Cracker site Icefortress benefits from IBILL challenge
Back on line and more popular than ever
Exclusive When the popular Icefortress Web site was taken down in response to legal threats from porno billing-service outfit IBILL, no one was even sure what the company was objecting to. Following a few initial scare-o-grams from IBILL lawyer Edward Cherry and outside lawyer Stephen Workman, the ICE crew's first inclination was to fold in order to avoid a costly court battle with a far-better-funded opponent.
Things changed as the crew got a bit of legal advice from San Francisco lawyer Jennifer Granick, and encouragement from free-speech advocate and Carnegie Mellon University Computer Science Professor David Touretzky. After talking the case through, the ICE crew began to suspect that IBILL was bluffing.
Even after retaining Granick's services it remained anyone's guess what exactly had got under IBILL's skin -- the site offered a range of cracking tools, security bulletins and advice, but little that one couldn't have found elsewhere. Why was Icefortress being singled out for persecution?
No one knew, not even ICE's lawyer. Eventually it became apparent to us that a rather innocent essay reminding crackers to load a proxy for their security (SSL) port in order to maintain a measure of anonymity whenever attacking an IBILL-protected site had to be the offending item.
IBILL's numerous threats citing copyright infringement would only make sense if the company actually considers SSL to be its own proprietary development -- which it certainly isn't, having been developed by Netscape. Perhaps they consider their use of it to be novel.
We are unfortunately left to make educated guesses, as a non-disclosure agreement prevents ICE from talking about the case, and IBILL's Cherry instantly blew off our telephone call with sarcastic defensiveness.
We guess, therefore, that things didn't quite go IBILL's way. We know that ICE has since taken down the essay which we suspect started the whole thing, and imagine that IBILL paid the crew a reasonable sum for its trouble.
We base that on two observations: first, correspondence between Granick and IBILL indicates that the crew was looking for modest compensation in exchange for having its Web site pulled without due process; and second, we're personally acquainted with a third party who donated rather generously to the ICE defence fund. That good Samaritan had his money refunded at just about the time when the ICE site came back on line, prompting us to imagine that some money did in fact move from IBILL to Icefortress when the matter was resolved.
Touretzky expressed some disappointment in ICE's decision to pull the essay as part of the settlement we imagine they reached. "I think the author of that essay deserves to be heard in his own words," Touretzky told The Register. "Even though it's a trivial piece, there are free speech issues here."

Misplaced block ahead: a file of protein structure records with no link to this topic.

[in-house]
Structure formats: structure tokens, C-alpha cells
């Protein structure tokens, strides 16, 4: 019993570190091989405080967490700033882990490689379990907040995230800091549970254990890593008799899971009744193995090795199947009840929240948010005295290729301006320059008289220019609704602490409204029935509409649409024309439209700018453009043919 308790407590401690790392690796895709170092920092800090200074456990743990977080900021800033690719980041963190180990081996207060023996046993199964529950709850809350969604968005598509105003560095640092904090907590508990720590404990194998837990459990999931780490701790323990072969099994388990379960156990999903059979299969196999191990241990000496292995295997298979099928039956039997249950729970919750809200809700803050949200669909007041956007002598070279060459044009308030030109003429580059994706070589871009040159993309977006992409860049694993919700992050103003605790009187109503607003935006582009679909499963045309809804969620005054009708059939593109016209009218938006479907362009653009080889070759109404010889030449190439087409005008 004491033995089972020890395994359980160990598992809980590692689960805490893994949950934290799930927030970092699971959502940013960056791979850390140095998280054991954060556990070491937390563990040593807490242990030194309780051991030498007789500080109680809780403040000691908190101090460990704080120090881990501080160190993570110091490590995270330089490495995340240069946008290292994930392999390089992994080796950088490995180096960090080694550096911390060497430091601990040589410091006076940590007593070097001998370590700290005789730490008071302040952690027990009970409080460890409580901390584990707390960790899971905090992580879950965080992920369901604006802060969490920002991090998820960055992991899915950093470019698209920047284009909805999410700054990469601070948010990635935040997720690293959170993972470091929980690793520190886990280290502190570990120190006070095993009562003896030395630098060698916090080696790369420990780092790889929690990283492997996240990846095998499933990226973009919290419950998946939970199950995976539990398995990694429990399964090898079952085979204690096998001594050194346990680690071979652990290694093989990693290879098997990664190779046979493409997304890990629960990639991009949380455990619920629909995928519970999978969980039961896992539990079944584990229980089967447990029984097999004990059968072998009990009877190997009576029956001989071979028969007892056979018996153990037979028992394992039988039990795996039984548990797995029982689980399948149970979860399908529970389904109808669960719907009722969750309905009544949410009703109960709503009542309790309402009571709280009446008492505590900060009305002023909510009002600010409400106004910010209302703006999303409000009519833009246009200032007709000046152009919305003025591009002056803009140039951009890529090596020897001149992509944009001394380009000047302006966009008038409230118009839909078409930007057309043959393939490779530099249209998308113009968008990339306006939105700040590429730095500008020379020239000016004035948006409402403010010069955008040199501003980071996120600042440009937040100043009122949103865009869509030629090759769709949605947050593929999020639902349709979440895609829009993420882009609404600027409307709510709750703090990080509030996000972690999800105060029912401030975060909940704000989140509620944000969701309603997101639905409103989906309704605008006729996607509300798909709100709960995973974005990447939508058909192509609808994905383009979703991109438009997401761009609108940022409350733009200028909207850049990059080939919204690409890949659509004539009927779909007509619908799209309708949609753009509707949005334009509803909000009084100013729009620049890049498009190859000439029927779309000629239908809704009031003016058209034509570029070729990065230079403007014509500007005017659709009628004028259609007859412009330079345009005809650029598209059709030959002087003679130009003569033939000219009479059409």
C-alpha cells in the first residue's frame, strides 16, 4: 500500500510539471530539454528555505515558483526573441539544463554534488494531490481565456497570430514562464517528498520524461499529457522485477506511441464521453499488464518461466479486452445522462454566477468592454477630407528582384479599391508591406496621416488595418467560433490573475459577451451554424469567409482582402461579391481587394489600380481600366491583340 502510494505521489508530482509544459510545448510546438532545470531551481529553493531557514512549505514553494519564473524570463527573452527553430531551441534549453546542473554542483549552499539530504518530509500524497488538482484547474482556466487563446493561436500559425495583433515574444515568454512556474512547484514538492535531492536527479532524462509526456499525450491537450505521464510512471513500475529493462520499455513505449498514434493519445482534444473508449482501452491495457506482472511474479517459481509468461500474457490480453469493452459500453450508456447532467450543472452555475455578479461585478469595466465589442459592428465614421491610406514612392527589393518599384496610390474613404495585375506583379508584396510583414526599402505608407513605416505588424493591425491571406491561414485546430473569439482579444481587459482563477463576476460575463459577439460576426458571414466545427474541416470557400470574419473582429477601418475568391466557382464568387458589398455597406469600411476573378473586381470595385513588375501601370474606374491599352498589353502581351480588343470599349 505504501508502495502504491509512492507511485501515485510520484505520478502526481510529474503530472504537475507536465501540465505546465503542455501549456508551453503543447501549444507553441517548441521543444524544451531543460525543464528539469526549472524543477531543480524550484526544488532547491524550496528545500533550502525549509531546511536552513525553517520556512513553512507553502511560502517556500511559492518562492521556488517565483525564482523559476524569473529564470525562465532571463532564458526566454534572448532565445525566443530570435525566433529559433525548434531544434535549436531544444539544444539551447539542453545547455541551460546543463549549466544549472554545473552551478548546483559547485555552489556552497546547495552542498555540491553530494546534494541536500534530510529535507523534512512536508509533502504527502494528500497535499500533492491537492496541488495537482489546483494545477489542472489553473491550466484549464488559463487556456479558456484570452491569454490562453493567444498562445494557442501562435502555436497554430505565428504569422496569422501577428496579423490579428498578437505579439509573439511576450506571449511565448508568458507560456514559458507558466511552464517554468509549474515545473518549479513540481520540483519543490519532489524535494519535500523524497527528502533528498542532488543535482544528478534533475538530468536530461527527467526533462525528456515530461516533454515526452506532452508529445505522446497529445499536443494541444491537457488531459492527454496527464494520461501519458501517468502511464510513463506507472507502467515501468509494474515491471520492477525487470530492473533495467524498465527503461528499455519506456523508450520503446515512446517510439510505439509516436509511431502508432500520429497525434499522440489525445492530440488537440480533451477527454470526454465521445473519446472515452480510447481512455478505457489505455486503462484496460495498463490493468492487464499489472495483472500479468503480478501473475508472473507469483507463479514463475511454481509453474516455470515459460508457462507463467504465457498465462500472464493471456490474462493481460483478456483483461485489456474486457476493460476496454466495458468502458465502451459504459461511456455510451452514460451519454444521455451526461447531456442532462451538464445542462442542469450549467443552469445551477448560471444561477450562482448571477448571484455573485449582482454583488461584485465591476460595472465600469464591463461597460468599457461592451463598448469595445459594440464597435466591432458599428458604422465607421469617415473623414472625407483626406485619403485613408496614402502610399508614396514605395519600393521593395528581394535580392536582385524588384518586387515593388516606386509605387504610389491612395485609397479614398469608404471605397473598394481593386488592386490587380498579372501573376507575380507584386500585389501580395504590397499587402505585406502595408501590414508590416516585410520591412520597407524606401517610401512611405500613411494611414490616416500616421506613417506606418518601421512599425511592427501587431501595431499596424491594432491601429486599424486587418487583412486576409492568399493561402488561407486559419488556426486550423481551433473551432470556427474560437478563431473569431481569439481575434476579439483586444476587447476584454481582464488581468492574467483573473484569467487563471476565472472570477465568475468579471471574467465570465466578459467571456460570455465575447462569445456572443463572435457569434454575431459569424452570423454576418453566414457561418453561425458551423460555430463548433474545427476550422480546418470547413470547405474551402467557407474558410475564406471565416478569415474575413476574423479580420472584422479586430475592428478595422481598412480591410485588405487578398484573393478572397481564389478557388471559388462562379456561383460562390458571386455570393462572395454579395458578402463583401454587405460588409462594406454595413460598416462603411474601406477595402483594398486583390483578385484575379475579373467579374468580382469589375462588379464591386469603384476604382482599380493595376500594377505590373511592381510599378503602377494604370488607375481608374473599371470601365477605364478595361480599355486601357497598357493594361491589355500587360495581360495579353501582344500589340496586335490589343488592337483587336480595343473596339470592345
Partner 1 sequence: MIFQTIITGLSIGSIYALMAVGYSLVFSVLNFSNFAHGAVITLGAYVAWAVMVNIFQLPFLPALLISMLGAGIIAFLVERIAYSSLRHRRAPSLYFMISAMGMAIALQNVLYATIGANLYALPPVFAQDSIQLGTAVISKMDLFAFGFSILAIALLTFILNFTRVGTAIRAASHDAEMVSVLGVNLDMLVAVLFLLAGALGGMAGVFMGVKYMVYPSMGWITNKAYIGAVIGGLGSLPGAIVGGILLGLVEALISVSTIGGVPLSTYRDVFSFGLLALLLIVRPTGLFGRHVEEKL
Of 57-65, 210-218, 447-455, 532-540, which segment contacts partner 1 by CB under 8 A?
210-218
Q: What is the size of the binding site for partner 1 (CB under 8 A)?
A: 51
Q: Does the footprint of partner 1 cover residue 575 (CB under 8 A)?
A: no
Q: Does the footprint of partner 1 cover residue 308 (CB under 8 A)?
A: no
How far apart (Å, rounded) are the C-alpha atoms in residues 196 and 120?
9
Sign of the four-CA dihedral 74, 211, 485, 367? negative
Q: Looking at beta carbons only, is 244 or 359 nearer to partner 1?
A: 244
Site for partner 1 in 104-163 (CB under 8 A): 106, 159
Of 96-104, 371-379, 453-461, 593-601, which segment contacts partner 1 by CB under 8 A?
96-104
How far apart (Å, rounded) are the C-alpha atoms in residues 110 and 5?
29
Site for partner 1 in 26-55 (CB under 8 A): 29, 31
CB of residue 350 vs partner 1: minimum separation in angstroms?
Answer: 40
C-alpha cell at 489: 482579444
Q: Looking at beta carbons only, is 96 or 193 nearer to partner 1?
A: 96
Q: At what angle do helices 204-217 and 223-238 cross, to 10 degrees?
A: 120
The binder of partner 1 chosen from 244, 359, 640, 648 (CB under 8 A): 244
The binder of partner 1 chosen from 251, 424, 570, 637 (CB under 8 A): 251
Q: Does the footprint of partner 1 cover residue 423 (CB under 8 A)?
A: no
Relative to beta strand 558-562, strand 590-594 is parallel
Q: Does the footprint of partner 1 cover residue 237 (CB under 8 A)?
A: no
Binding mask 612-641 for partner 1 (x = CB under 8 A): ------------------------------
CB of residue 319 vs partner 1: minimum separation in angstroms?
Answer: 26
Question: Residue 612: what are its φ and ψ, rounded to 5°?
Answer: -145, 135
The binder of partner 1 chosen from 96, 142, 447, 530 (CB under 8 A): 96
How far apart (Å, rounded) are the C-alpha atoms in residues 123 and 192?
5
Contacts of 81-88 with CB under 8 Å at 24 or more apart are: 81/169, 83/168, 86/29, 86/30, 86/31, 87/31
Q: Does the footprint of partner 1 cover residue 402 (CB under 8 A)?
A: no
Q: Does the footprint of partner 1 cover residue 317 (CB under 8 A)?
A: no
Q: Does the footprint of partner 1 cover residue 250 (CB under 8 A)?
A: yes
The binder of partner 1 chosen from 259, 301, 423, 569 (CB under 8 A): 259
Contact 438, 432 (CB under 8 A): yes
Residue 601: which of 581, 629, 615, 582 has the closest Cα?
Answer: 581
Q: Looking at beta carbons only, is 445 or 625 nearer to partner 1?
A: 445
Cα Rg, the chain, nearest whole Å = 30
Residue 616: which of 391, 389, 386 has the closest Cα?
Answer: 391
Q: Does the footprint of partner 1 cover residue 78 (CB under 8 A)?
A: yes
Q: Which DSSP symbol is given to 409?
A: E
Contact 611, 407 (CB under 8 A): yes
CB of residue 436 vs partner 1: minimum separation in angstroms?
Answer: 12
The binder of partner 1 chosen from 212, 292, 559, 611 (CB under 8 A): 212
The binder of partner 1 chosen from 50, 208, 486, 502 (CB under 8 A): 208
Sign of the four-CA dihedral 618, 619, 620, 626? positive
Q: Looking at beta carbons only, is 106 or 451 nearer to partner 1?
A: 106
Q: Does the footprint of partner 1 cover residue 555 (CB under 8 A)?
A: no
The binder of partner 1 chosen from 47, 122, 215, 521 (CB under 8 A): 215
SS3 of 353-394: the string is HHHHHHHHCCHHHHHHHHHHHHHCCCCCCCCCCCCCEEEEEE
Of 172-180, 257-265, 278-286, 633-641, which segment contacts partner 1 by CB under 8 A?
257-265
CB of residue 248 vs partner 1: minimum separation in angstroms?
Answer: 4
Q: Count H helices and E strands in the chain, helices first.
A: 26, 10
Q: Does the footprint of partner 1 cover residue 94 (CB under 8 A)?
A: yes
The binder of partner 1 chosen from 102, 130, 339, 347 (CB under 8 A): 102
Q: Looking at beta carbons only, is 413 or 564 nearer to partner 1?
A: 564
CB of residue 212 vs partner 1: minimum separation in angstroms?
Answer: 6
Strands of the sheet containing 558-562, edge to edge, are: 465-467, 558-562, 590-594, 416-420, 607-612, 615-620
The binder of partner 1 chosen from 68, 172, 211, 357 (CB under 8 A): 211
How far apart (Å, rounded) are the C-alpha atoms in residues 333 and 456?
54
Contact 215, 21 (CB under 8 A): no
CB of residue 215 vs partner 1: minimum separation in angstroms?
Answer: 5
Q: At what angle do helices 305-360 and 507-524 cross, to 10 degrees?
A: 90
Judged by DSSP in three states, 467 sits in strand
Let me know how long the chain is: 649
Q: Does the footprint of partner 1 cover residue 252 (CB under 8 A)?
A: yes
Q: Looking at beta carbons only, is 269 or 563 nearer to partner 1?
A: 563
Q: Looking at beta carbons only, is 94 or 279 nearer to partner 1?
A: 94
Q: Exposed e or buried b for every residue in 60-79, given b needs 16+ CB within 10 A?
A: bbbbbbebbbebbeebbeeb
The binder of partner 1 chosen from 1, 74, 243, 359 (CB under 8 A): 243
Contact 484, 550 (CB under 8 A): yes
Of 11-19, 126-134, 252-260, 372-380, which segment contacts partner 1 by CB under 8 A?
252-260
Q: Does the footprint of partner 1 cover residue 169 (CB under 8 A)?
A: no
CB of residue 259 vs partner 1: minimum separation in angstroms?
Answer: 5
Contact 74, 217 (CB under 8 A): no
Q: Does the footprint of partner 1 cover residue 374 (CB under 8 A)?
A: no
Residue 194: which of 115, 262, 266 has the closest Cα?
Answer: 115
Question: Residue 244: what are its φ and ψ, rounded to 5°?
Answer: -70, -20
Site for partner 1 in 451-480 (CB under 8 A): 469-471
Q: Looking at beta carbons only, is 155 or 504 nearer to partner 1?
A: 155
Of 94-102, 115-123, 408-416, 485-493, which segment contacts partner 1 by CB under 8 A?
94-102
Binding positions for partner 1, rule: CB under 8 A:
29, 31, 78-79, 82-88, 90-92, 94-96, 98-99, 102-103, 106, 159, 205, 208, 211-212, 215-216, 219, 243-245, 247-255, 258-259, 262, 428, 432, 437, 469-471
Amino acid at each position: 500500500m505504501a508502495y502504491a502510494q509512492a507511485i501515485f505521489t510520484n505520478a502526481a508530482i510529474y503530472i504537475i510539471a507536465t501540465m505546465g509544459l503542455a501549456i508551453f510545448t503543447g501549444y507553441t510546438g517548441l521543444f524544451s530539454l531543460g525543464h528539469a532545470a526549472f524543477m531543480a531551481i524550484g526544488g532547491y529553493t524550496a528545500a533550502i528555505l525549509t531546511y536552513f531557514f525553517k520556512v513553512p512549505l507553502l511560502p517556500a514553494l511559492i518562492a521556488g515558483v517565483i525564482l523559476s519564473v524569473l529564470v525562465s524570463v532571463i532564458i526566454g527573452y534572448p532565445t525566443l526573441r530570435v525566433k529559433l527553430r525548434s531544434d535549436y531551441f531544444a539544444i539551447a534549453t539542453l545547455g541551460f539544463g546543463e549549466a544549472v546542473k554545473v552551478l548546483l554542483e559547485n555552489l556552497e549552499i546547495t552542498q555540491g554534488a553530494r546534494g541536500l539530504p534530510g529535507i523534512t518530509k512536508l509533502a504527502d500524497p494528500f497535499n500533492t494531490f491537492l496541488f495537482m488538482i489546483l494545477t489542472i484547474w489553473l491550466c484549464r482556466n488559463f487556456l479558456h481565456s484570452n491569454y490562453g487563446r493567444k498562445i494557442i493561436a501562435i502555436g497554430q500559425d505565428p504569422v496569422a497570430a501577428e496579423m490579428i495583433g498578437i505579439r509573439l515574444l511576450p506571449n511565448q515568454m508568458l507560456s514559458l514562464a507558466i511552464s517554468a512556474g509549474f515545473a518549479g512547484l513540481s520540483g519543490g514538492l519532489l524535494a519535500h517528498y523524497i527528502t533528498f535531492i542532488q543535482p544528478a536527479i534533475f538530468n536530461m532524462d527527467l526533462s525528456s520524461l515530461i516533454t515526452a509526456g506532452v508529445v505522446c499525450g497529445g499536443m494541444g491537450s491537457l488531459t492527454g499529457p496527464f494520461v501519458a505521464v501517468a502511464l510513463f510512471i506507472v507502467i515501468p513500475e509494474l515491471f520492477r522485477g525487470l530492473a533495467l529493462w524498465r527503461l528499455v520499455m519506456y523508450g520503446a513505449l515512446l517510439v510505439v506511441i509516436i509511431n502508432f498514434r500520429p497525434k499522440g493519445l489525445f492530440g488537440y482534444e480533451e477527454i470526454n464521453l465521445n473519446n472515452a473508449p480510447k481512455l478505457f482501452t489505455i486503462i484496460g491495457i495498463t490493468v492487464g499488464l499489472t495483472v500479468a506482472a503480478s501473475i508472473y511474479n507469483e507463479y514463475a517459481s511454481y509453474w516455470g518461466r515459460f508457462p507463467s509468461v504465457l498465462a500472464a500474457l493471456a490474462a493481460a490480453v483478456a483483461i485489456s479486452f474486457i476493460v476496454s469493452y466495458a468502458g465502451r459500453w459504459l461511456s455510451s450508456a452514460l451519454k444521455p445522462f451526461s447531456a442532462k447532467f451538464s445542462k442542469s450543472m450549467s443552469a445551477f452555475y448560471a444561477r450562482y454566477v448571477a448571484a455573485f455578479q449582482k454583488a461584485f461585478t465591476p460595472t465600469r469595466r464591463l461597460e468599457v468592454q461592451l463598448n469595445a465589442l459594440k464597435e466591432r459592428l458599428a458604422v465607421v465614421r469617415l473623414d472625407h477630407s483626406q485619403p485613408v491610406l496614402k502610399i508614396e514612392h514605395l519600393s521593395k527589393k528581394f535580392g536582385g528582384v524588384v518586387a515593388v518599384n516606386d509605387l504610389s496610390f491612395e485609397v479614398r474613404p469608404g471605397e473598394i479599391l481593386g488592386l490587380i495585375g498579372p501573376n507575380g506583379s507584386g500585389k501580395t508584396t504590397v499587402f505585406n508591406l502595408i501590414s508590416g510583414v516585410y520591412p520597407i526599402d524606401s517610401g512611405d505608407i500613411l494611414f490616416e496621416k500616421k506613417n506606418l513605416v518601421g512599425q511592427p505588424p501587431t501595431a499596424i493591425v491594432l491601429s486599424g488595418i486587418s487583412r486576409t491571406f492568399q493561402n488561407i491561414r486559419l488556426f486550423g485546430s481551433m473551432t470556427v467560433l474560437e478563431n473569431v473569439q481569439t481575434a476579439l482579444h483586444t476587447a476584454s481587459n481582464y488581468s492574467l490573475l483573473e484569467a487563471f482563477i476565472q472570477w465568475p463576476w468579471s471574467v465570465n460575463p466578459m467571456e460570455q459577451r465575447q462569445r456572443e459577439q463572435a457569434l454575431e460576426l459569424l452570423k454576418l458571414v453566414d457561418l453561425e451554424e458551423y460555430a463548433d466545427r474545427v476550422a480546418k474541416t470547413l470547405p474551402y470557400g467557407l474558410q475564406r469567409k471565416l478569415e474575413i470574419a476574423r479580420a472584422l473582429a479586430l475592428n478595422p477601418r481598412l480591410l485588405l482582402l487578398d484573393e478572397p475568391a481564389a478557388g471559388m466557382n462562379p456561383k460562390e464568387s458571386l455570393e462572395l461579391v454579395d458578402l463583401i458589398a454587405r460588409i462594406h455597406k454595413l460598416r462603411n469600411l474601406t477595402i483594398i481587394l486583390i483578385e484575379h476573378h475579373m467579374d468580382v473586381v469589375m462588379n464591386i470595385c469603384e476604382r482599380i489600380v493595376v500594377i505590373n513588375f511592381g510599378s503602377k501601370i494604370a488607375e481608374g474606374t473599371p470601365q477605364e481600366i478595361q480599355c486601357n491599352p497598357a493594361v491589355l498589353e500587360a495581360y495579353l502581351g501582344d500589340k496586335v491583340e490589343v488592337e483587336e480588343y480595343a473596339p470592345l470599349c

Being something of a free-speech purist, he has mirrored it on his own Web site. "If IBILL has a problem with that, they know where to find me," he told us.
Irony rarely fails to attend disputes of this nature. As a result of IBILL's unsuccessful assault, the ICE site is now more popular than it ever had been.
"We could have done better if we brought them to court, but that is my opinion and not the group's as a whole," ICE crew member Quacker2k told The Register. "In the short term it did us harm but over the long term has made us more popular. ICE is back and a stronger group then ever."
Indeed, the site has in the past month enjoyed over 800,000 page hits; and the number of registered BBS users has grown from approximately 400 in the days before the troubles to 640 now, and continues to grow, member Blind Guardian told us.
In a previous story we speculated that outside lawyer Workman was stringing IBILL along, over-promising what he could accomplish for them under the Digital Millennium Copyright Act (DMCA), as a means of promoting himself at IBILL's expense.
One of the crew members remarked that it appeared to him that Workman had been dismissed along the way, though he was unable to confirm it.
Our personal impression of Workman was overwhelmingly negative when we spoke with him this Summer. He struck us as a self-promoter more concerned with publicity than his client's interests. At the time, however, IBILL's Cherry gushed about Workman's fine efforts and brilliant legal insights.
As it appears now that IBILL folded in confrontation with a poorly-funded collection of young crackers, we're even more convinced of our original suspicion that Workman's magic was pure smoke and mirrors. We imagine IBILL has since come to the same conclusion, undoubtedly at considerable expense. ®